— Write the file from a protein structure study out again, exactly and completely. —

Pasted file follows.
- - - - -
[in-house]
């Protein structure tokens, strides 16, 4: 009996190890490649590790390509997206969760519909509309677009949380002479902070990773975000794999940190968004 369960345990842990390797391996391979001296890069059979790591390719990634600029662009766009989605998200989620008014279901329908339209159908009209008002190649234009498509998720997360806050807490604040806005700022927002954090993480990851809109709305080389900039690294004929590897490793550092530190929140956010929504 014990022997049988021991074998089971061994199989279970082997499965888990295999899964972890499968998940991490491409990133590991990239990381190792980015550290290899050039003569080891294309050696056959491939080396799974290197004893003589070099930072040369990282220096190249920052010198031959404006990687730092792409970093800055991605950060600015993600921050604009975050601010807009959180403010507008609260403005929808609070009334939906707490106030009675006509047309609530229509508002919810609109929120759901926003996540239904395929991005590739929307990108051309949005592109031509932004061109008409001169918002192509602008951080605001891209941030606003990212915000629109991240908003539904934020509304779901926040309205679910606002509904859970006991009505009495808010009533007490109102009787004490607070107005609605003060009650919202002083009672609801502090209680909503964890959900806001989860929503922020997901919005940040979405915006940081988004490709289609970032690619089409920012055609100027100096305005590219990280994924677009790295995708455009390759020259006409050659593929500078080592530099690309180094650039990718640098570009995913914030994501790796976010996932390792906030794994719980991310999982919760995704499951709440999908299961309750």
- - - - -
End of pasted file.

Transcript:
[in-house]
């Protein structure tokens, strides 16, 4: 009996190890490649590790390509997206969760519909509309677009949380002479902070990773975000794999940190968004 369960345990842990390797391996391979001296890069059979790591390719990634600029662009766009989605998200989620008014279901329908339209159908009209008002190649234009498509998720997360806050807490604040806005700022927002954090993480990851809109709305080389900039690294004929590897490793550092530190929140956010929504 014990022997049988021991074998089971061994199989279970082997499965888990295999899964972890499968998940991490491409990133590991990239990381190792980015550290290899050039003569080891294309050696056959491939080396799974290197004893003589070099930072040369990282220096190249920052010198031959404006990687730092792409970093800055991605950060600015993600921050604009975050601010807009959180403010507008609260403005929808609070009334939906707490106030009675006509047309609530229509508002919810609109929120759901926003996540239904395929991005590739929307990108051309949005592109031509932004061109008409001169918002192509602008951080605001891209941030606003990212915000629109991240908003539904934020509304779901926040309205679910606002509904859970006991009505009495808010009533007490109102009787004490607070107005609605003060009650919202002083009672609801502090209680909503964890959900806001989860929503922020997901919005940040979405915006940081988004490709289609970032690619089409920012055609100027100096305005590219990280994924677009790295995708455009390759020259006409050659593929500078080592530099690309180094650039990718640098570009995913914030994501790796976010996932390792906030794994719980991310999982919760995704499951709440999908299961309750």